[Marxism] The End of the Turkish Model

Louis Proyect lnp3 at panix.com
Sat Oct 31 07:58:30 MDT 2015


WSJ, Oct. 31 2015
The End of the Turkish Model
Erdogan’s moderate Islamist AKP party promised reform and growth but has 
turned instead to consolidating power
By JOE PARKINSON

Five years ago, Turkey was a beacon of hope for the troubled Middle 
East—not only one of the world’s fastest-growing economies but also the 
biggest success story in the Muslim world. Edging toward membership in 
the European Union and attracting waves of foreign investment, Turkey 
had a newfound swagger. Western and Arab leaders were hailing its ruling 
Justice and Development Party, or AKP, and its leader, Recep Tayyip 
Erdogan, for fusing Islamism and democracy inside a secular constitution.

Now, as Turks prepare to vote on Sunday in their fourth election in 18 
months, the Turkish model has unraveled, giving way to increasingly 
violent polarization in this strategically vital country. Social 
tensions once muted by robust economic growth and more inclusive 
governance have flared anew.

With a migrant crisis engulfing Europe, civil war in Syria and a 
proliferation of terror groups in the region, Turkey finds itself as a 
geopolitical hotspot. WSJ's Niki Blasina explains the key flashpoints, 
including Russia, the U.S. and the European Union. Photo: AP.
“The old elite are trying to reclaim power, and we won’t allow it,” said 
Ali Bodur, a 38-year-old hardware store owner in Istanbul’s conservative 
dockside neighborhood of Kasimpasa, where Mr. Erdogan grew up. Less than 
a mile up the hill, in the liberal Galata district, a 24-year-old 
student named Ozge Ulusoy also struck an uncompromising stance: “The 
reality is the Erdogan era needs to end before the country goes further 
off the rails…He is a dictator.”

First elected prime minister in 2003, Mr. Erdogan spent most of his 
first two terms focused on modernizing the economy, bringing stability 
to Turkey’s erratic politics, taming a military that had launched four 
coups in as many decades and empowering the long-subjugated pious 
majority. As his power has grown, however—he became president in 2014,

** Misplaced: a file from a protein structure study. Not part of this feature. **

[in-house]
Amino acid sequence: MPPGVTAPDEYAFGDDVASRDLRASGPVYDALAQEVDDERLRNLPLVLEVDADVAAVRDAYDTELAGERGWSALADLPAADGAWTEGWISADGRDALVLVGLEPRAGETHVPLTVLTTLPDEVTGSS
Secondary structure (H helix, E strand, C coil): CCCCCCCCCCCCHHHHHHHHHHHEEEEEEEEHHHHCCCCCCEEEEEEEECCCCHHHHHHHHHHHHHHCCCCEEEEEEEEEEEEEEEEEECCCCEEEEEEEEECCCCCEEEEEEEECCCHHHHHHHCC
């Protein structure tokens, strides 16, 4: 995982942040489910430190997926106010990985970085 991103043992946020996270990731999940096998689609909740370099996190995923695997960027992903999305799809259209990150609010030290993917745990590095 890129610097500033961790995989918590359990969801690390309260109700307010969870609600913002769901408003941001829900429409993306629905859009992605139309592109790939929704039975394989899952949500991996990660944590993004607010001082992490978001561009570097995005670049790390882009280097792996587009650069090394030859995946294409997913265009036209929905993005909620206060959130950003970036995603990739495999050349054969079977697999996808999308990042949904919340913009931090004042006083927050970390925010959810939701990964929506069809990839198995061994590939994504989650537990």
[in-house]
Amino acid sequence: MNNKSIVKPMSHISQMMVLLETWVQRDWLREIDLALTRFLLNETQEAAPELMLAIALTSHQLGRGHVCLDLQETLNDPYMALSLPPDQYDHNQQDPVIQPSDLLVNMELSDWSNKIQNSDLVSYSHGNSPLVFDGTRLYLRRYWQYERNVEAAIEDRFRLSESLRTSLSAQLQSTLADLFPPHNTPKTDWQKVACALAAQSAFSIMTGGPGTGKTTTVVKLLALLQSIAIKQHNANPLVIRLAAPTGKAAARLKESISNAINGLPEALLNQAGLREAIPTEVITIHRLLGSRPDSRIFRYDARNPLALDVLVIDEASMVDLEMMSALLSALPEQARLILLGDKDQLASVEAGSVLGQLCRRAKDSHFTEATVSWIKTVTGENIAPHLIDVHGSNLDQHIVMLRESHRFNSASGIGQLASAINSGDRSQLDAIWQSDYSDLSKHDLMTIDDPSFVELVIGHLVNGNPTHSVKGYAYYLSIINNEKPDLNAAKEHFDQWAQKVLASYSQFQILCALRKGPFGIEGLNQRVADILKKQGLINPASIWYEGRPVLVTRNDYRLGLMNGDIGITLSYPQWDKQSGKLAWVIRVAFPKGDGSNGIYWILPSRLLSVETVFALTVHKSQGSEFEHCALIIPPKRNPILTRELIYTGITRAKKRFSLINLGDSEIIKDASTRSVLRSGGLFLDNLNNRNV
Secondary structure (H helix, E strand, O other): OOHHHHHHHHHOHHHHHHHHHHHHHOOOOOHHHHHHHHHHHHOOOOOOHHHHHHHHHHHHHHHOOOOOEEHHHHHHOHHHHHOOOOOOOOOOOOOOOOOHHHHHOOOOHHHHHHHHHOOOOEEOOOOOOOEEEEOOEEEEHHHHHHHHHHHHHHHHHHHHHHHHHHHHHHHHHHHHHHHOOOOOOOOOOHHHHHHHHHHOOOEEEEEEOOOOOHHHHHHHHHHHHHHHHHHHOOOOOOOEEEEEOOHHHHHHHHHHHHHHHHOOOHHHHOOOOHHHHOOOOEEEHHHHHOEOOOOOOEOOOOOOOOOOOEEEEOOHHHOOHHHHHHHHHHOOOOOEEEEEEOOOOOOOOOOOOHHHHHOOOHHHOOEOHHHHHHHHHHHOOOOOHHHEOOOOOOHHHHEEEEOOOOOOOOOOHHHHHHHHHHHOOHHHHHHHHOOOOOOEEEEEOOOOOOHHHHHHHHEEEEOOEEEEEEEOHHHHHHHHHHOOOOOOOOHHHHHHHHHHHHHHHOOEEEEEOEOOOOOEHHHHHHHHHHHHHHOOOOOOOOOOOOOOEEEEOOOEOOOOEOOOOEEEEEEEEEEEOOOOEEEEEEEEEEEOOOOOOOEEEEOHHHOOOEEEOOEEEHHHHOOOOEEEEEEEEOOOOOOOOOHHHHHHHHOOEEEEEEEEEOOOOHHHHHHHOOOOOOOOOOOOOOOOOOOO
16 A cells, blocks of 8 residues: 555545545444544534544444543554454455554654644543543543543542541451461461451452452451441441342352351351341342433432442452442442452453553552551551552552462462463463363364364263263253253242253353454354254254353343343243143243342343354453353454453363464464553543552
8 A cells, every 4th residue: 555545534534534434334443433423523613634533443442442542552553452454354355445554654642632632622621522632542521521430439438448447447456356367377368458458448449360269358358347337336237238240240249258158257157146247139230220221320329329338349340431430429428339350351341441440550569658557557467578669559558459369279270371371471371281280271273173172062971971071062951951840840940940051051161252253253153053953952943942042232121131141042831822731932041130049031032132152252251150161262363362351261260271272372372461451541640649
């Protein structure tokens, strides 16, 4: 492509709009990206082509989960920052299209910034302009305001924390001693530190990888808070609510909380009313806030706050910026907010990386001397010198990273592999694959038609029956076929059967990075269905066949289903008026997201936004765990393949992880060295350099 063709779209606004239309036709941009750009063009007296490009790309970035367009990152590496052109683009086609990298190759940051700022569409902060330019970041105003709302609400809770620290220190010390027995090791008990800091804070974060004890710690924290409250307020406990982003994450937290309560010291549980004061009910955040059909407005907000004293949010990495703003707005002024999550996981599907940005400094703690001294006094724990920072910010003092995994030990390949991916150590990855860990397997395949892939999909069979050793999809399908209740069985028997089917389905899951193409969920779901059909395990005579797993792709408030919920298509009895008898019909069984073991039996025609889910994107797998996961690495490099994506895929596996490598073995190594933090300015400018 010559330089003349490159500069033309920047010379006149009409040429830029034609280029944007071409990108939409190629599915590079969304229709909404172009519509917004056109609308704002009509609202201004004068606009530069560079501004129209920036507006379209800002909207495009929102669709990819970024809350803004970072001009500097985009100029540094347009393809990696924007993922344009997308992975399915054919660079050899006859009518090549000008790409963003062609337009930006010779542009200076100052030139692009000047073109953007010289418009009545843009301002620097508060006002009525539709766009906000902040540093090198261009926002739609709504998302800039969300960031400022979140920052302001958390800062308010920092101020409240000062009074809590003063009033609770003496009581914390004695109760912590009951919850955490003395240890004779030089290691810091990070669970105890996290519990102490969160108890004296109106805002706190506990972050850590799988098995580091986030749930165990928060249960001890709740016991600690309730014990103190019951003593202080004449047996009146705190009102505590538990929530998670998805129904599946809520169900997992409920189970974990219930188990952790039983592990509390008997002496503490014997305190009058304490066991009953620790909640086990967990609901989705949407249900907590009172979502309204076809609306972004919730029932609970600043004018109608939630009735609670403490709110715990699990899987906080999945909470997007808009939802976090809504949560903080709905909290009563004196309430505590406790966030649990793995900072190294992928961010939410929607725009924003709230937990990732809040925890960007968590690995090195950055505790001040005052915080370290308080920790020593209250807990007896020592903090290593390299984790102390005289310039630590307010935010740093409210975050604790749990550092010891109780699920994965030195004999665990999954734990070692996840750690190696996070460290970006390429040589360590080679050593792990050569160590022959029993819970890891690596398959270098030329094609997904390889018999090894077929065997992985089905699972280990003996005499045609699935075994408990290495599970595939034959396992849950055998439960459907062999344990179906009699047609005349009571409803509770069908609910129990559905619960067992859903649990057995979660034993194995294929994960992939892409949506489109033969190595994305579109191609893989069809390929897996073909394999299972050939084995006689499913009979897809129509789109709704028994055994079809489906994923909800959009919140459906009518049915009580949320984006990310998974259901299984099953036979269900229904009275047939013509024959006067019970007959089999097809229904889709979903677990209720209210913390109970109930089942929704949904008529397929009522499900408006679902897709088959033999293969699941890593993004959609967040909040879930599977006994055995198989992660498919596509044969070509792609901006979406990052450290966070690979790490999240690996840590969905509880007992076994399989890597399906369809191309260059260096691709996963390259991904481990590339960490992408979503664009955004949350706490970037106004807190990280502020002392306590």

after more than a decade as prime minister—so did his ambition to create 
a “New Turkey” in the image of the Ottomans. He sidelined reformers and 
technocrats and tried to centralize authority in his own hands. When he 
met resistance, he used the levers of state power and loyalist media 
outlets to brand his critics as enemies and traitors.

Would New Borders Mean Less Conflict in the Middle East? (April 10)
At the same time, many of the sources of Mr. Erdogan’s early popularity 
have shrunk away. Turkey’s once humming economy has slowed sharply, and 
the country’s currency has lost 25% of its value since January. A 
three-year peace process between Ankara and Kurdish militants has 
collapsed, leaving hundreds dead. And Turkey is falling deeper into 
neighboring Syria’s civil war. Adding to the general sense of insecurity 
have been three suicide bombings over the past year, including twin 
blasts in Ankara that killed 102 people at a peace rally last month.

Meanwhile, political discourse is supercharged: Opposition parties warn 
that Mr. Erdogan has brought the country to the brink of civil war, 
while AKP officials say that only they can prevent chaos. The atmosphere 
is so toxic that many of the thousands of Turks who returned home from 
abroad in recent years are again considering an exit.

“It is becoming very difficult to breathe in this country because of the 
polarization,” said Okan Demirkan, who came back to Turkey from London 
early in the AKP era to establish his law firm, Demirkan Kolcuoglu. “We 
see more green-card applications than ever, and many are applying for